> Unless chgrp is invoked by a process with appropriate privileges, the set-user-ID and set-group-ID bits of a regular file shall be cleared upon successful completion; the set-user-ID and set-group-ID bits of other file types may be cleared.

Emphasis on "may be" here ...

XFS code does:

        /*
         * Change file ownership.  Must be the owner or privileged.
         */
        if (mask & (ATTR_UID|ATTR_GID)) {
                /*
                 * CAP_FSETID overrides the following restrictions:
                 *
                 * The set-user-ID and set-group-ID bits of a file will be
                 * cleared upon successful return from chown()
                 */
                if ((ip->i_d.di_mode & (S_ISUID|S_ISGID)) &&
                    !capable(CAP_FSETID))
                        ip->i_d.di_mode &= ~(S_ISUID|S_ISGID);

In comment #3 it seems that the chgrp was performed by root ("#strace -o strace_ext4 chgrp usr2 temp" - IOWS I think the permissions of the user calling chgrp matter here and that needs to be clarified in the testcases...
Comment 7 Gaurav 2015-12-31 08:35:30 EST
No special flags on ext4 while mounting. Both the filesystems are mounted in default way. I have attached the filesystem attribute/details and ran strace by normal user.

[usr1@client71 test-xfs]$ cat /proc/mounts |grep test
/dev/mapper/rhel-test--ext4 /test-ext4 ext4 rw,seclabel,relatime,data=ordered 0 0
/dev/mapper/rhel-test--xfs /test-xfs xfs rw,seclabel,relatime,attr2,inode64,noquota 0 0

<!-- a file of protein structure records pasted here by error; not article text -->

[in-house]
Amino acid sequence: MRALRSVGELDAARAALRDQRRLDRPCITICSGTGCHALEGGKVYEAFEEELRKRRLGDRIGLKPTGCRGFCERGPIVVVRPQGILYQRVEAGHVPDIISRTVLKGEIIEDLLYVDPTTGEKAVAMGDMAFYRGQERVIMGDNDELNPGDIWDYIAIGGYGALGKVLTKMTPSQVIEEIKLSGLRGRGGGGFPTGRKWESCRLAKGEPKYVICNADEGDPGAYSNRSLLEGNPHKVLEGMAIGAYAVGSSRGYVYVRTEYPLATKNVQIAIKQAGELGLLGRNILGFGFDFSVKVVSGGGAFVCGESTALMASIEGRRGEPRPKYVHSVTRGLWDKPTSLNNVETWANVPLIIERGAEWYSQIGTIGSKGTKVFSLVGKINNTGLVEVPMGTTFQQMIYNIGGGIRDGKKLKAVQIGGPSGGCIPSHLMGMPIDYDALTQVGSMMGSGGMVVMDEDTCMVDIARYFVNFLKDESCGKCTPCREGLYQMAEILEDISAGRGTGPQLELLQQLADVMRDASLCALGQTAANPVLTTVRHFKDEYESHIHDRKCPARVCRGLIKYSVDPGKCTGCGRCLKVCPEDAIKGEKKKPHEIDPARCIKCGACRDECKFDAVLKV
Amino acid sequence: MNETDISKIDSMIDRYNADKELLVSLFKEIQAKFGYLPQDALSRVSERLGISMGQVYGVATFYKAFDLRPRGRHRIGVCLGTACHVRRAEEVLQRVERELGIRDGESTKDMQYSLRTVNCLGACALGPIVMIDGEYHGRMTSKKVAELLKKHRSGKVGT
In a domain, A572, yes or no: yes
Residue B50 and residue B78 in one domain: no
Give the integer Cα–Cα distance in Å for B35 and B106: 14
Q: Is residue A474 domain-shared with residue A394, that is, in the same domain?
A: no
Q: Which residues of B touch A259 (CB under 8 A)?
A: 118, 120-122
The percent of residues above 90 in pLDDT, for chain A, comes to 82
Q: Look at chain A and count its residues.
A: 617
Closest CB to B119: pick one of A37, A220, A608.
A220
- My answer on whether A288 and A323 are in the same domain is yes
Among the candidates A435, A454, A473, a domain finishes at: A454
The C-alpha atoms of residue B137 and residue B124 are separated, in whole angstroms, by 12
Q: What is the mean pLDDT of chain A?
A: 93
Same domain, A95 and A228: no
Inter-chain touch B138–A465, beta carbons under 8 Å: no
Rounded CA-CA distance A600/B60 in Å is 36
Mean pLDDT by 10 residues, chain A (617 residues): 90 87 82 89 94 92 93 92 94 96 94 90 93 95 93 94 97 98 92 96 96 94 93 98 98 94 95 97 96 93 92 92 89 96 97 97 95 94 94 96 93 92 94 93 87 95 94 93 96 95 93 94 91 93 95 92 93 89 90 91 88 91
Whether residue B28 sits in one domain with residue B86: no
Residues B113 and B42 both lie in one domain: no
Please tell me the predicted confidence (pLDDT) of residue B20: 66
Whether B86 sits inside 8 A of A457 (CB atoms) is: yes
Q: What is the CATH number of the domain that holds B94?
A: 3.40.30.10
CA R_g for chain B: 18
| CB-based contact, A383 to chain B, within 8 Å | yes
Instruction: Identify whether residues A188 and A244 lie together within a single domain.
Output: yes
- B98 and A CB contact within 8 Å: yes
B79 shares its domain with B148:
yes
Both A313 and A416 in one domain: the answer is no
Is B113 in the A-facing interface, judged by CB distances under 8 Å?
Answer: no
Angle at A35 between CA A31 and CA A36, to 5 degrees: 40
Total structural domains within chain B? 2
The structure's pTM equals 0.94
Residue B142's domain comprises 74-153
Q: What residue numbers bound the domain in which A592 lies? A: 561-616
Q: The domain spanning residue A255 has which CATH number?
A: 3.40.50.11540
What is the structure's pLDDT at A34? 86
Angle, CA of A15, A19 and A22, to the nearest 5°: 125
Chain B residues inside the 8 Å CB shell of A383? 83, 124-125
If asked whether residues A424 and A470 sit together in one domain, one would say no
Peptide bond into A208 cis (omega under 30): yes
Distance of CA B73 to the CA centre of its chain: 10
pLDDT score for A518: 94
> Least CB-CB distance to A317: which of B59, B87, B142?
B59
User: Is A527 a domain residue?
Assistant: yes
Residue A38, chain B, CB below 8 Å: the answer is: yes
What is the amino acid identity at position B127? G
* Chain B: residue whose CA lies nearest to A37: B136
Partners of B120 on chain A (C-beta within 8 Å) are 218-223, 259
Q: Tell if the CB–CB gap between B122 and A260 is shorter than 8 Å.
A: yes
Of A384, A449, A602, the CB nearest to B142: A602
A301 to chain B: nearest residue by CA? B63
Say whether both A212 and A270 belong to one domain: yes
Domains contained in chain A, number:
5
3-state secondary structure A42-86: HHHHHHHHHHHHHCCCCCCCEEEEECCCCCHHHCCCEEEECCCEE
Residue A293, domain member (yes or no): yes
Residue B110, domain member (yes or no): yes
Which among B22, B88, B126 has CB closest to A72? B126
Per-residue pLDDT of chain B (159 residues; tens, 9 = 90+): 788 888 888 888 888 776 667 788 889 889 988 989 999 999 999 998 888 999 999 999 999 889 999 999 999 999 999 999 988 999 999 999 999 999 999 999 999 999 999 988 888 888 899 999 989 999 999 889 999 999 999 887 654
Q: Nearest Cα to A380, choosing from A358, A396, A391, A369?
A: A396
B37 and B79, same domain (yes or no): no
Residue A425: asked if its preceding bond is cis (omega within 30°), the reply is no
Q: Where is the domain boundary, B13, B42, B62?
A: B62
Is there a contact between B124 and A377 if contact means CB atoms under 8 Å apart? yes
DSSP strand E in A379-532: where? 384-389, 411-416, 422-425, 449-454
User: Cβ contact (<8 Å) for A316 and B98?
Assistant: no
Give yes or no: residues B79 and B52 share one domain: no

[usr1@client71 ~]$ tail -3 /etc/passwd
usr1:x:1001:1001::/home/usr1:/bin/bash
usr2:x:1002:1002::/home/usr2:/bin/bash
usr3:x:1003:1003::/home/usr3:/bin/bash

[usr1@client71 ~]$ df -h | grep test
/dev/mapper/rhel-test--ext4  477M  2.3M  445M   1% /test-ext4
/dev/mapper/rhel-test--xfs   497M   26M  472M   6% /test-xfs

usr1 and usr2 are normal users, and showed same behaviour :

============= For EXT4 ================

[usr1@client71 test-ext4]$ ls -l
total 2
drwxrwsr-x. 2 usr1 usr1 1024 Dec 30 12:37 temp

[usr1@client71 test-ext4]$ strace -o strace_ext4_new chgrp usr2 temp

[usr1@client71 test-ext4]$ ls -l
total 8
-rw-rw-r--. 1 usr1 usr1 4197 Dec 31 18:29 strace_ext4_new
drwxrwsr-x. 2 usr1 usr2 1024 Dec 30 12:37 temp


============== For XFS ================

[usr1@client71 test-xfs]$ ls -l
total 0
drwxrwsr-x. 2 usr1 usr1 6 Dec 29 12:30 temp

[usr1@client71 test-xfs]$ strace -o strace_ext4_new chgrp usr2 temp

[usr1@client71 test-xfs]$ ls -l
total 8
-rw-rw-r--. 1 usr1 usr1 4194 Dec 31 18:26 strace_ext4_new
drwxrwxr-x. 2 usr1 usr2    6 Dec 29 12:30 temp
Comment 8 Gaurav 2015-12-31 08:36 EST
Created attachment 1110782 [details]
FS attributes for EXT4
Comment 9 Gaurav 2015-12-31 08:37 EST
Created attachment 1110783 [details]